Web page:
Cognitive training generally, and in computerised form, has been widely evaluated mainly for people with or at risk of cognitive impairment with mixed results.
The full RES on 'myCognition' can be downloaded here - (form required)
yHappyMind is a preventative intervention aimed at children aged 3-11. It is intended to build resilience and therefore reduce mental health (CYPMHS) referrals in this age group.
It is a school-based intervention which also has an app which is available to parents. It is designed to provide tools and training to build resilience and self-esteem, with the aim of preventing the development of mental health issues.
There is no published evidence relating to MyHappyMind
We found low or very low certainty evidence from quasi-randomised studies for the effect of similar interventions on measures of mental health and moderate certainty evidence of no effect from an RCT of a less similar intervention in primary schools.
There is low certainty evidence from a large systematic review for the effects of school-based cognitive behavioural interventions in primary and secondary schools on anxiety.
None of the published evidence evaluated impact on CYPMHS referrals and almost all published evidence relates to older primary school children.
The full RES on 'MyHappyMind' can be downloaded here - (form required)
Wysa is a mental health support app which uses a chatbot (an AI penguin) written by therapists that allows users to talk anonymously about mood and issues in their lives.
It has a recommendation for use in dealing with the COVID-19 pandemic. Additional functionality includes options supporting consultation with health professionals and links with other health related apps.
We found there to be no comparative evidence for the impact of Wysa on mood and psychological outcomes.
There is some evidence that people with self-reported symptoms of depression who used Wysa a lot showed greater symptom improvement than people who didn’t use Wysa very much; this difference cannot reliably be attributed to differences in their use of Wysa.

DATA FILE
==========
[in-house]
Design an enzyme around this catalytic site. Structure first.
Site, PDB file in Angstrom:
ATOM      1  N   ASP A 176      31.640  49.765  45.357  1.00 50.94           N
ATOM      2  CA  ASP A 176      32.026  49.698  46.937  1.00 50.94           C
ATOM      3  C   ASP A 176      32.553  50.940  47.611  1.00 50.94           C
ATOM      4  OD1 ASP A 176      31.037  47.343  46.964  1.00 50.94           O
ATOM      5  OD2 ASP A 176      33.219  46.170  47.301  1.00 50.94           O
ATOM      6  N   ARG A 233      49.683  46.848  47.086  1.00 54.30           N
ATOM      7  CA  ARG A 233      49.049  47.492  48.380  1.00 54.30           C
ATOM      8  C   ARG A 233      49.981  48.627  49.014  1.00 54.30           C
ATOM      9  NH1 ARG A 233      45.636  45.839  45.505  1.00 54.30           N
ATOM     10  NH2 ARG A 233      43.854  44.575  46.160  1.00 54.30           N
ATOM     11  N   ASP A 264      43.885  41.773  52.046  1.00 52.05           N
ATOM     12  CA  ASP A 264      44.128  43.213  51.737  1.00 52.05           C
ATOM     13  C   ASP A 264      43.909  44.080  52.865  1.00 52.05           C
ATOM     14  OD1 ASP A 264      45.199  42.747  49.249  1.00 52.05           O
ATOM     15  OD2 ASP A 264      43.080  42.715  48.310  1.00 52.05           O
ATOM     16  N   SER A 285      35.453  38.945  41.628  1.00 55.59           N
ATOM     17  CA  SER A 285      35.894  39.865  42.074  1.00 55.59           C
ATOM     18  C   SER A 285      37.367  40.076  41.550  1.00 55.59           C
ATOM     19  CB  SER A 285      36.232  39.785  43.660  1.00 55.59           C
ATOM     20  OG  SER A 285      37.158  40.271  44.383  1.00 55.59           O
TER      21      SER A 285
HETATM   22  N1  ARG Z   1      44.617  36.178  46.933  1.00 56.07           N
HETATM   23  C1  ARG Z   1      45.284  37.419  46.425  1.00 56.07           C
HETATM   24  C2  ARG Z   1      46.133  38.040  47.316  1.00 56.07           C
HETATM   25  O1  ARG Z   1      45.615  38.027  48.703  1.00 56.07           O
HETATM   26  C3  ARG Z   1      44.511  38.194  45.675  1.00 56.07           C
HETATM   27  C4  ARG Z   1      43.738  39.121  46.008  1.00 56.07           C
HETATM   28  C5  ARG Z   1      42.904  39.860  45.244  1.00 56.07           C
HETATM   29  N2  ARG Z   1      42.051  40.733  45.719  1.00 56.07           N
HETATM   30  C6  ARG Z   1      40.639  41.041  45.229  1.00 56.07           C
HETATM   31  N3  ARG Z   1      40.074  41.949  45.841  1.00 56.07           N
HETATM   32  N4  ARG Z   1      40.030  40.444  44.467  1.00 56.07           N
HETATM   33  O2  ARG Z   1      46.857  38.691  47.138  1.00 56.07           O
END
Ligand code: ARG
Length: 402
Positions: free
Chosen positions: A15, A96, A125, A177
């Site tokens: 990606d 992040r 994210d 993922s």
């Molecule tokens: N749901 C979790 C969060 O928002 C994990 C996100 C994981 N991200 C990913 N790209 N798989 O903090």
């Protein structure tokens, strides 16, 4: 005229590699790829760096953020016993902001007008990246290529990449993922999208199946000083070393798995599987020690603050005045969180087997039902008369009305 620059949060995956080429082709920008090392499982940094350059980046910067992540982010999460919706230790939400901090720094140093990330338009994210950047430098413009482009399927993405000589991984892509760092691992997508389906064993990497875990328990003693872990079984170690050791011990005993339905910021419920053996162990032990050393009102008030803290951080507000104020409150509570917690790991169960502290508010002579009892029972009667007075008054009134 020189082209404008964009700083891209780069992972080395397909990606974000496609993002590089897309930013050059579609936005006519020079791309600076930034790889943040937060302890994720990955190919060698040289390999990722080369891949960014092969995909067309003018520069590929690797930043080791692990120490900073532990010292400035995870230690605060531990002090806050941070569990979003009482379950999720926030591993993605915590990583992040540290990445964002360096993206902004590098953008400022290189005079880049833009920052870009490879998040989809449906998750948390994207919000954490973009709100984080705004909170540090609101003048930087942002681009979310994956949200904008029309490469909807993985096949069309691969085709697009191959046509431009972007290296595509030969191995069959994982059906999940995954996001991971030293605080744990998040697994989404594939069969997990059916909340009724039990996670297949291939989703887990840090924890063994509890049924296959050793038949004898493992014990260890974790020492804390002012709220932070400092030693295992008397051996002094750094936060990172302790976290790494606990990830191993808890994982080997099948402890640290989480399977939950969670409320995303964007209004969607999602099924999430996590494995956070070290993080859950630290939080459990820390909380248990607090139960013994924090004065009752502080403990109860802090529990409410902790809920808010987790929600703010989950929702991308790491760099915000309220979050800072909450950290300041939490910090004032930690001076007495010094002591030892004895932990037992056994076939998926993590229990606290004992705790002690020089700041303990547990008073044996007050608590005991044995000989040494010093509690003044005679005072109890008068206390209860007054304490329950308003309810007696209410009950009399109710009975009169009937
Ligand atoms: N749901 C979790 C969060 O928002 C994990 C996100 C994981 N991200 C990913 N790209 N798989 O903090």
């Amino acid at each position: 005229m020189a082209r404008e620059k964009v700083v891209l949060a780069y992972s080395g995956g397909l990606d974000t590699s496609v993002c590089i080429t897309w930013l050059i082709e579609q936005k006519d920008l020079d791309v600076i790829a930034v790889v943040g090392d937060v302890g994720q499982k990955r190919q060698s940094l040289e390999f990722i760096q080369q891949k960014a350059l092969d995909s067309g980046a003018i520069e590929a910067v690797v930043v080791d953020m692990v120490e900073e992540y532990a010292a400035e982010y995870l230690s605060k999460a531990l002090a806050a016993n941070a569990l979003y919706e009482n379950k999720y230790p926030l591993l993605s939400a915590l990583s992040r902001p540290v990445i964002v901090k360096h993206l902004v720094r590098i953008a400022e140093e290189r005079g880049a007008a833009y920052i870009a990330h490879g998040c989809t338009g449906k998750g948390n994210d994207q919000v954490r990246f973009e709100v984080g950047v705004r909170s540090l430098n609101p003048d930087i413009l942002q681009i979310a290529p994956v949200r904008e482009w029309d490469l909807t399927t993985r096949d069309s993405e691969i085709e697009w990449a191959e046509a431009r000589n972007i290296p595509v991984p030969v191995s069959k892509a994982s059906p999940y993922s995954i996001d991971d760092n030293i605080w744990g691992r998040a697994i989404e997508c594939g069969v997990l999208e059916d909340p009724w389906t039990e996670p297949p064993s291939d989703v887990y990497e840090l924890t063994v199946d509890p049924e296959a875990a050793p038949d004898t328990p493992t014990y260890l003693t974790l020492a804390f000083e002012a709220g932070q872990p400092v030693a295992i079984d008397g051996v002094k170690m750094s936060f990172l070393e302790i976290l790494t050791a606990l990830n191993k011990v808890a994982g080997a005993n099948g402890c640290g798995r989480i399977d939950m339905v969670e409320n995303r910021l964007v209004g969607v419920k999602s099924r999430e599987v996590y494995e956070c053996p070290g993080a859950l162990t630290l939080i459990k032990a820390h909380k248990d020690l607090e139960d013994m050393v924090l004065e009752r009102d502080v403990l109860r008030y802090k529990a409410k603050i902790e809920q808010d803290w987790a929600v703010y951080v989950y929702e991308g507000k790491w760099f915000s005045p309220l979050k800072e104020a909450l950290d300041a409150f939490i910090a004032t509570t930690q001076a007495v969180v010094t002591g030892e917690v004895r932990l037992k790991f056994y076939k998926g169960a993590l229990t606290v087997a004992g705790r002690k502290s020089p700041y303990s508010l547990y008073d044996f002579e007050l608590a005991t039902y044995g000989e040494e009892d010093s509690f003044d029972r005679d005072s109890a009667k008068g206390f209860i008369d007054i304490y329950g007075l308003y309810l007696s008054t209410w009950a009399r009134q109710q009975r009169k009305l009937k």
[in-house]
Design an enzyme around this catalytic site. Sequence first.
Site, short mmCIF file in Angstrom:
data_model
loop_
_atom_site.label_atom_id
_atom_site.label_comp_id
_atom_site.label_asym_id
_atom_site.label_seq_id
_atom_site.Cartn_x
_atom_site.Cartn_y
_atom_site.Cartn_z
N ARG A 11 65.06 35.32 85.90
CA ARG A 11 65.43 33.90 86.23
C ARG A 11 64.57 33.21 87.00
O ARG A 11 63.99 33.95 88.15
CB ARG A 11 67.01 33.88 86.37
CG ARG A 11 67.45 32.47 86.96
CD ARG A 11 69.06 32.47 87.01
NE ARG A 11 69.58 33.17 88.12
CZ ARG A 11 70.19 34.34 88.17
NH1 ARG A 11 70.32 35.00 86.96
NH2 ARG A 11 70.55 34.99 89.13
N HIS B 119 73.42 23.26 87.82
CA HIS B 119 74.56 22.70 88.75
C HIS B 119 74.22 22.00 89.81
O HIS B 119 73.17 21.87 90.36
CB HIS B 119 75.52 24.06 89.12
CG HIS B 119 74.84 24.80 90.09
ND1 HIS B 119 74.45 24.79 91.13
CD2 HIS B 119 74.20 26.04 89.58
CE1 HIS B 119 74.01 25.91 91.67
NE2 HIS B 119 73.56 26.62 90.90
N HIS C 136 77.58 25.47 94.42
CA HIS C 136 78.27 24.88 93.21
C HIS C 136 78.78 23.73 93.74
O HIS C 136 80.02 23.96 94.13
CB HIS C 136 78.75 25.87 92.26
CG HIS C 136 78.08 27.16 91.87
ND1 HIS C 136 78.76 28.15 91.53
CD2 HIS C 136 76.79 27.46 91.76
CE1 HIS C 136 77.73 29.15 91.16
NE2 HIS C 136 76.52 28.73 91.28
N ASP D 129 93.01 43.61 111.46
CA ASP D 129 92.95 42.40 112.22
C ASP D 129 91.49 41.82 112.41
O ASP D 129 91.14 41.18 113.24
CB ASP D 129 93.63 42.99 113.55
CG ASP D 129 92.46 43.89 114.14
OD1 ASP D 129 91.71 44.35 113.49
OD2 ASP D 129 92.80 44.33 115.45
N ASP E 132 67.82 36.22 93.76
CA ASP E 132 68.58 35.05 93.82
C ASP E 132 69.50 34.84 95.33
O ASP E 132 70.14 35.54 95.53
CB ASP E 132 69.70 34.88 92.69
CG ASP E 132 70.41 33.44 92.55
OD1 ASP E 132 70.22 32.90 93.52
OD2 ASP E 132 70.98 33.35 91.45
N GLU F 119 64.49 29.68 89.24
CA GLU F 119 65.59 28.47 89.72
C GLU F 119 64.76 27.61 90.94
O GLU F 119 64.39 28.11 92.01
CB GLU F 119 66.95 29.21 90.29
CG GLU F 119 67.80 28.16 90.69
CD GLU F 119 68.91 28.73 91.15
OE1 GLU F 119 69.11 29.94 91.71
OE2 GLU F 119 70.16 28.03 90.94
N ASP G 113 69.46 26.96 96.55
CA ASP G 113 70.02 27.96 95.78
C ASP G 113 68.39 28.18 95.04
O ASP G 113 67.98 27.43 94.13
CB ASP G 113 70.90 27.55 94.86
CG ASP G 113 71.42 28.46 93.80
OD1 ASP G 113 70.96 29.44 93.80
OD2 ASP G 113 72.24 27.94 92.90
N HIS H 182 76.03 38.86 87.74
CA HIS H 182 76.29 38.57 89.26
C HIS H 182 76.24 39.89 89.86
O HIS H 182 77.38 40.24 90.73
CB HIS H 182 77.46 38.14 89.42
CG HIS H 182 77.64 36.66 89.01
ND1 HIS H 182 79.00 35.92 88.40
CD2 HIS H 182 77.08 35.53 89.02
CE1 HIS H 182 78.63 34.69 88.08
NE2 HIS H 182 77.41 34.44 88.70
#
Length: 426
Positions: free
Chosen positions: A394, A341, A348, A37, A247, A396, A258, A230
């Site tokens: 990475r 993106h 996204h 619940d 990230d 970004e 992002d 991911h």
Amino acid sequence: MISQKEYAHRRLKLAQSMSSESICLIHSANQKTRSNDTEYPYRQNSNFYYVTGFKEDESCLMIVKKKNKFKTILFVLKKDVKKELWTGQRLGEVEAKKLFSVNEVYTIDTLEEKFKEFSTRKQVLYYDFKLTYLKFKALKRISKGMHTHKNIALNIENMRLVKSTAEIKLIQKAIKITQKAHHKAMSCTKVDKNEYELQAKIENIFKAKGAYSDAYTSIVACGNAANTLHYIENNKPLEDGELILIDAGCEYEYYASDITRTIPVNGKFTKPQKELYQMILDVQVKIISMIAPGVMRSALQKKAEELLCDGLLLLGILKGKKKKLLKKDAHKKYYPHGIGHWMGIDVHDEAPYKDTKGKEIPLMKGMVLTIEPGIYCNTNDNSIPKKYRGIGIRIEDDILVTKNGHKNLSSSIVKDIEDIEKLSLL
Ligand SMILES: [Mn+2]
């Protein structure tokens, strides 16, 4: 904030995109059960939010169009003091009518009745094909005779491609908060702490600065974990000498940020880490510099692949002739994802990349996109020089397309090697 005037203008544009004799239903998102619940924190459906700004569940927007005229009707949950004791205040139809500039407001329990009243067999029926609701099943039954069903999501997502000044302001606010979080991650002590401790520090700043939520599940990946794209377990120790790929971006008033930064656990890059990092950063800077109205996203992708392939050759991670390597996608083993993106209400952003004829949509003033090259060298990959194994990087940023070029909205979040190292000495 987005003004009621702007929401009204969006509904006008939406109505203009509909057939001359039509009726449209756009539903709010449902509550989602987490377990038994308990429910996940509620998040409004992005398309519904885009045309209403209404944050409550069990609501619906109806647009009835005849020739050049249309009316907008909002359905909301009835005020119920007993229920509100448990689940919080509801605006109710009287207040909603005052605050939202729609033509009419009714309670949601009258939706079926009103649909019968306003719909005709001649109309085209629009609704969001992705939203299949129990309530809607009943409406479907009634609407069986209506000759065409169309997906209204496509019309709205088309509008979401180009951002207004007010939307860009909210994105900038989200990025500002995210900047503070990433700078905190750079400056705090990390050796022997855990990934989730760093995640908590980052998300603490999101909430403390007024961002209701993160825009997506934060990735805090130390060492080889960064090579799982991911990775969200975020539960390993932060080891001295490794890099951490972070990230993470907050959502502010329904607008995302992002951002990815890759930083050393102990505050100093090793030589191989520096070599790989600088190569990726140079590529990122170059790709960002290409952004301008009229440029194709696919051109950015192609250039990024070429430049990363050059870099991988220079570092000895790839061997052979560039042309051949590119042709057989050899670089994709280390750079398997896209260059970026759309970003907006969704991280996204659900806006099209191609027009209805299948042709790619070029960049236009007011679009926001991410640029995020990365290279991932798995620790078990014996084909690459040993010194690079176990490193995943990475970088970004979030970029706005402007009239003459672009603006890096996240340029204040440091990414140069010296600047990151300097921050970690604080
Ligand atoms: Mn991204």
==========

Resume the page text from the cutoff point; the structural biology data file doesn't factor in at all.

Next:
There is some low certainty randomised evidence that a different chatbot (Woebot) may improve symptoms of depression in young adults who self-report symptoms of anxiety and depression.
The full RES on 'Wysa' can be downloaded here - (form required)
Xploro is a digital platform designed to increase children’s knowledge about medical procedures and to reduce their anxiety when attending hospital for routine procedures.
It uses gamification, a chatbot and a customisable augmented reality avatar. It provides information about hospital environments such as wards and operating theatres, key healthcare personnel and hospital equipment. Several games with health themes are included on the app. It is designed to be used before and during hospital attendance.
There is directly relevant comparative but non-randomised evidence that access to Xploro may reduce procedural anxiety and increase perceived knowledge and sense of involvement in children attending hospital for planned invasive or non-invasive procedures. Xploro was considered positively (qualitative data). A systematic review found consistent but methodologically limited evidence for play interventions in children having planned invasive procedures.
The full RES on 'Xploro' can be downloaded here - (form required)